PDIA Course Journey: Lack of Youth Participation in Papua New Guinea

Guest blog by Coletah Ronah Kibai, Kirk Gibson, Pricillar Napoleon, Andrew Lepani, Hannah Athaliah James, Hercules Jim, Maliwai Sasingian

Many members of this team work for The Voice Inc. in Papua New Guinea. They successfully completed the 15-week Practice of PDIA online course that ended in December 2018. This is their story.

Young people under 35 make up about 70% of the population yet there is limited attention to how decisions affect young people or on issues specifically related to young people, leading to a range of issues – high rates of youth unemployment, low school completions etc… Our initial problem statement was the lack of effective youth participation in policy development in Papua New Guinea (PNG). Over the course of the PDIA journey, we have evolved with our understanding of the problem.

As a team, we have learnt so much – about trying out the wicked hard problems, doing one iteration action at a time to learning about our team and gaining a deeper understanding of the youth space.

One thing that we know the key learnings from the course (problem construction, deconstruction, designing change space, team norms, iterations etc…) can be used in our own spaces of influence to tackle the complex problems.

Some of key takeaways from our PDIA journey are:

  1. Problem construction and deconstruction
  2. Designing Change Space using Authority, Ability and Acceptance estimation
  3. Using team norms to keep team accountable
  4. Doing small iterations at a time to build momentum and expand and build either Authority, Ability and/or Acceptance

PDIA begins with problem definition (or ‘construction’). First, it triggers a discussion through which different interpretations of the work can come up with.

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PDIA fosters a sense of shared commitment among a group dedicated to addressing the problem – people feel “more ownership” over something they have had a role in shaping and defining. In our case The Youth Coalition (YC) aims to ensure the views of young people are represented in youth policies, for example when the YC took part in the Review of Laws on Use and Abuse of Alcohol and Drugs by the Constitutional Law Reform Commission (CLRC).

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We also learned that it is also very important to design your iteration to experiment with many ideas and learn the ways forward with fitted solutions in groups.

We used the 4 main PDIA principles:

  1. Local solutions for local problems
  2. Pushing Problem Driven Positive Deviance
  3. Try, Learn, Iterate & adapt and
  4. Scale through Diffusion.

The Youth Coalition conducted a survey on the use and abuse of alcohol and drugs and got responses from young people 18-35 living across PNG. Key findings were analysed and disseminated by the YC to a network of over 20 Civil Society organizations/groups that work with young people on issues that affect youth in PNG.

The YC turned this into 2 reports. The YC then arranged and met with the Constitutional and Law Reform Commission (CLRC) including Deputy Secretary and presented our reports and discussed future plans for the YC going forward. This is the process of the “Knowing through doing and learning”.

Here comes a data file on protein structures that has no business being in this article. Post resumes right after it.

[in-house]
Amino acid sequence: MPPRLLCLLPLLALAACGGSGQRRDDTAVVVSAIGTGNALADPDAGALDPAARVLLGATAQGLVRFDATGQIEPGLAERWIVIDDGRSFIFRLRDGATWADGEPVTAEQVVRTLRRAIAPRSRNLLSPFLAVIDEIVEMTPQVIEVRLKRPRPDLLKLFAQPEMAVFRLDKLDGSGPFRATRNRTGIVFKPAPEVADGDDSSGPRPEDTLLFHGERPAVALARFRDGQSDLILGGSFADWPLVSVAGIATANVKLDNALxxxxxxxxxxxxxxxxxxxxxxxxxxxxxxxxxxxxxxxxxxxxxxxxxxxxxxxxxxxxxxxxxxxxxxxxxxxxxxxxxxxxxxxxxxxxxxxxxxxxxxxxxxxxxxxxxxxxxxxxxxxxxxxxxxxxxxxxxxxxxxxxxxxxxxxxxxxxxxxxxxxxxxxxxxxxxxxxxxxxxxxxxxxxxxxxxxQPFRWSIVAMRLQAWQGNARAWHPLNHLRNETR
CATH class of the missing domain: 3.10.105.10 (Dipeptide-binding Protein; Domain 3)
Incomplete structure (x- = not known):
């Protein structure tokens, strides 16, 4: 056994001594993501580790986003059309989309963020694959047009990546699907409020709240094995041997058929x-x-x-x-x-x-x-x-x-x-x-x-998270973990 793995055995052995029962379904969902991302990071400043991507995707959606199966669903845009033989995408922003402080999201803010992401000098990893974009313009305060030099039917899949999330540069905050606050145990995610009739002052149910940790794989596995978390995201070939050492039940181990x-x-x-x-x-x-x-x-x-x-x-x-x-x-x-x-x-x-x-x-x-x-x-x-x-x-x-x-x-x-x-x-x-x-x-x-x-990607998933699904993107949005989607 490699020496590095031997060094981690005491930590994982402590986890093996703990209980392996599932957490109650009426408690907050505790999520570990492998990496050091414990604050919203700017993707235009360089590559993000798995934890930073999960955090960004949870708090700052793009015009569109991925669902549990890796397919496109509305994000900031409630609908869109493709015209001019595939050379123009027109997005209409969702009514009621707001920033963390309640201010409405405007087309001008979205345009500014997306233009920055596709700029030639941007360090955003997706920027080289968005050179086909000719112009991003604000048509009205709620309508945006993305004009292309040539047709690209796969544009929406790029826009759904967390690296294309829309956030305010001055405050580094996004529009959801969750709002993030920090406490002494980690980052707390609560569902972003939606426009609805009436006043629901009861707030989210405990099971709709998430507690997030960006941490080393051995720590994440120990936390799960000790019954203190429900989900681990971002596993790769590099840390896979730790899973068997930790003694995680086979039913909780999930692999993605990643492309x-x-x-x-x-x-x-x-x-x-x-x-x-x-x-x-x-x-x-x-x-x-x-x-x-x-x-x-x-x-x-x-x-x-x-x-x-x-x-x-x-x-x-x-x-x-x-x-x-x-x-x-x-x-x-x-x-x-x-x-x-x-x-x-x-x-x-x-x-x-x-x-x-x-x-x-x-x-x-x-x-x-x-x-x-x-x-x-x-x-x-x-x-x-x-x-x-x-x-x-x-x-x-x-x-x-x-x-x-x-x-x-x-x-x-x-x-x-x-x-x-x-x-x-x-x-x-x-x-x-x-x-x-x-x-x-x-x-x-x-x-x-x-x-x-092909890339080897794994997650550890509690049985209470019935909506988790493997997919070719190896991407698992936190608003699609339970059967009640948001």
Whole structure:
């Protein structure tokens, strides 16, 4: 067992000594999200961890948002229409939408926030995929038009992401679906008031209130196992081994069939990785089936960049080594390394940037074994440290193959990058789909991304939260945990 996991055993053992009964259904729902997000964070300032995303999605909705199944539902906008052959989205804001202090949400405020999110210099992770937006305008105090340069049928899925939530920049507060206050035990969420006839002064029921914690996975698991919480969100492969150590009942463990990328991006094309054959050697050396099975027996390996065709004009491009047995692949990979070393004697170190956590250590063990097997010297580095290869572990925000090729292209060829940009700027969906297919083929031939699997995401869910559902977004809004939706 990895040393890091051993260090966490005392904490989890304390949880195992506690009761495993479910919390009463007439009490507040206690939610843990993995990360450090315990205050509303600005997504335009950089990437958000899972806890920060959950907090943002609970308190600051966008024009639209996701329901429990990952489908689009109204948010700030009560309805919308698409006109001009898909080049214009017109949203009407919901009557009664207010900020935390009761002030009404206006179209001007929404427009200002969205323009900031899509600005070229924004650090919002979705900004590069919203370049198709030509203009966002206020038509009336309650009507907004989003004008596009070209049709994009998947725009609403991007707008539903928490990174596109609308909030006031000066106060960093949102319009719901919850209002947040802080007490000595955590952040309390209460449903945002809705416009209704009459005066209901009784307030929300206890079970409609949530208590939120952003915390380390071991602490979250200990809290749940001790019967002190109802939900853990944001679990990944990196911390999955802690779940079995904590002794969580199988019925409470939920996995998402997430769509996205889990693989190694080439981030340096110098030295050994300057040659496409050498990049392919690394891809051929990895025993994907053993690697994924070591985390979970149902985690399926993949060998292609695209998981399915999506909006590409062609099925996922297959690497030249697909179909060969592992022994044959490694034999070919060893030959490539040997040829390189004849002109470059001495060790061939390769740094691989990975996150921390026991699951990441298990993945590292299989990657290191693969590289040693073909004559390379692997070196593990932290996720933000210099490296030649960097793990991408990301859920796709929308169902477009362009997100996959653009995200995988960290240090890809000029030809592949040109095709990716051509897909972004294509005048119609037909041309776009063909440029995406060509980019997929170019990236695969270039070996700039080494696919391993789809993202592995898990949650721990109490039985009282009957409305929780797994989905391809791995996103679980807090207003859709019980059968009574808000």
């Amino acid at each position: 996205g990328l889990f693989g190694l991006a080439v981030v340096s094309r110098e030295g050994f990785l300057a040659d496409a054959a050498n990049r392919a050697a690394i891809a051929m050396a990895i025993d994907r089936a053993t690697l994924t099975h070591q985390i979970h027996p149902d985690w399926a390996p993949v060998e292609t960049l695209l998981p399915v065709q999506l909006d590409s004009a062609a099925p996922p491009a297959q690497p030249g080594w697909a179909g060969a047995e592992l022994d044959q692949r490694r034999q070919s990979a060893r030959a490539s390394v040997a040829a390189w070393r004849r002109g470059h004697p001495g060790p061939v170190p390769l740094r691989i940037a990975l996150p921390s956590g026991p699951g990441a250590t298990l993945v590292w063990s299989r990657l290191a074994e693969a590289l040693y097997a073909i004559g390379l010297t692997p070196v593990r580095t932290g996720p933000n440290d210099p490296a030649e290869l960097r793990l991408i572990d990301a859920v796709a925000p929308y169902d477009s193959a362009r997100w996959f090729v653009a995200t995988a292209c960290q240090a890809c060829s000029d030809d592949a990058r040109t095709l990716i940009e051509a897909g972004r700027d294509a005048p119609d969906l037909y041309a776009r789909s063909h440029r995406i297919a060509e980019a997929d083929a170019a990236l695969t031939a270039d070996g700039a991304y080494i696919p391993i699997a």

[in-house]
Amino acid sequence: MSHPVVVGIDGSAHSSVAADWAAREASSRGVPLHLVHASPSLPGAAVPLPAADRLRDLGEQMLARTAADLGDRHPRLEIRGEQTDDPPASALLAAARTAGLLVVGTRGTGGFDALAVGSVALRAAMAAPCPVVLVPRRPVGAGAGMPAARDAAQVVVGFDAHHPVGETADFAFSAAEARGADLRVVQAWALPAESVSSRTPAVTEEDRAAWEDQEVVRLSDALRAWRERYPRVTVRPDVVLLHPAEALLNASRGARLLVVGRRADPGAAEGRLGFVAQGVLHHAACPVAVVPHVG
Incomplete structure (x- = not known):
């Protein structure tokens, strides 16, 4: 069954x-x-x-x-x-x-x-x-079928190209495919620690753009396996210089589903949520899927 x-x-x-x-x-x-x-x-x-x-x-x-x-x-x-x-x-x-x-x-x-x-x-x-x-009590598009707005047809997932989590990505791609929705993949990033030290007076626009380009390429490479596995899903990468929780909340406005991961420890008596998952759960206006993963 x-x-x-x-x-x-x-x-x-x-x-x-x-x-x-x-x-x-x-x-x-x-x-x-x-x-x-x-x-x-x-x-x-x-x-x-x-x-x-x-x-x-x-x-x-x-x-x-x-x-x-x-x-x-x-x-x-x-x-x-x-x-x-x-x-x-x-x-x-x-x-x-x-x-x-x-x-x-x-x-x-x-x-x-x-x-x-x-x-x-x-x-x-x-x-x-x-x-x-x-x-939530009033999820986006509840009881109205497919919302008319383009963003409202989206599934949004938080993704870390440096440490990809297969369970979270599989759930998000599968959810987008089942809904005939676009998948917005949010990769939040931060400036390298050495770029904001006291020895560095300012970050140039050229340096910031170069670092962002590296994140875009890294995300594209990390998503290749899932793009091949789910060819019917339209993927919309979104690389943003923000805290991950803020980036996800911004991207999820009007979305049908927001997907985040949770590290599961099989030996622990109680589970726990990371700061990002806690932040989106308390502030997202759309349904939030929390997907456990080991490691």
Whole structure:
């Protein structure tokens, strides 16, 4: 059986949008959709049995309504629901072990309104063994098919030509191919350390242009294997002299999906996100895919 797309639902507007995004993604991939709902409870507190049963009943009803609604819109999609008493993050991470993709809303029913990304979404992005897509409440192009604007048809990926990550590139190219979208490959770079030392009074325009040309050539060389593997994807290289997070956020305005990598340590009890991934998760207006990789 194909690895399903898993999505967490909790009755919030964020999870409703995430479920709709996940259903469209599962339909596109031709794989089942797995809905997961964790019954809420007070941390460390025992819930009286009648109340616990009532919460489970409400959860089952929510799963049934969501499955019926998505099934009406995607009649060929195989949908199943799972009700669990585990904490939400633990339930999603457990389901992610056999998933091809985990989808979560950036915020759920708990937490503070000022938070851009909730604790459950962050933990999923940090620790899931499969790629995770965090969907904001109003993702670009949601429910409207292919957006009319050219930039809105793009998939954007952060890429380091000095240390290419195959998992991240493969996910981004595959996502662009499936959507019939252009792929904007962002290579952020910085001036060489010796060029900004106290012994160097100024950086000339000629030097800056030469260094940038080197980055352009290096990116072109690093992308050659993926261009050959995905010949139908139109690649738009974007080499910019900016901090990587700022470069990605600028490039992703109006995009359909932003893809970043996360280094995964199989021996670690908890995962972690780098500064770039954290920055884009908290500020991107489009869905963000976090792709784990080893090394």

We have also built relationships with important stakeholders such as the CLRC and the Deputy Secretary of the National Youth Development Authority for future plans.

Our problem definitely started off a big vague – Lack of youth voice into policy and law in PNG’ or something similar. We knew it was big and we thought important but we were also new in coming together as a group of organisations and the idea we could influence in this space of policy or law was also new to most of us.

In the beginning we struggled to fit our problem definition into the typologies in the course. We weren’t trying to fix a specific part of government or bureaucratic machinery but instead a problem around representation, equity, political voice.

We also weren’t a team of government workers, all is one agency or department with daily space to do this work. It was in our higher level role as civil society thinkers and leaders  that we took on this problem. So we had to make physical and mental time in our days to refine the problem into something that was manageable and made sense for us to work on.

This process of breaking down the problem and identifying the right causal ‘bone’ for the make-up of our team was particularly powerful. We all have so much capacity and ideas, but what are we best placed to do together, at this moment in time, to take on our challenge.

What emerged was some clear action on the problem, but definitely very small action; ‘gathering youth voice on 2 policies and presenting to an agency of government’. We don’t really know what will happen from here, we would like to keep working together to try and hold this agency (and other areas of government) to account for what we have found. But we are all realistic about our ability and time to continue as a team on this problem. Especially with Christmas shut downs and summer holidays taking our attention.

But we believe our team will continue on this problem in some way. Even if certain members of the team take leadership and run with it while others step back. We have hit on something, a well spring of need among young people and organisations to work in this way. Motivated by seeing what we were able to do in a short time. Our team believes our problem will not be solved fast, but perhaps our work will ripple through civil society and government and have unexpected outcomes.

We learned that PDIA is all about building state capability and fostering implementation policy.

To learn more, visit our website or download the PDIAtoolkit (available in English and Spanish).

 

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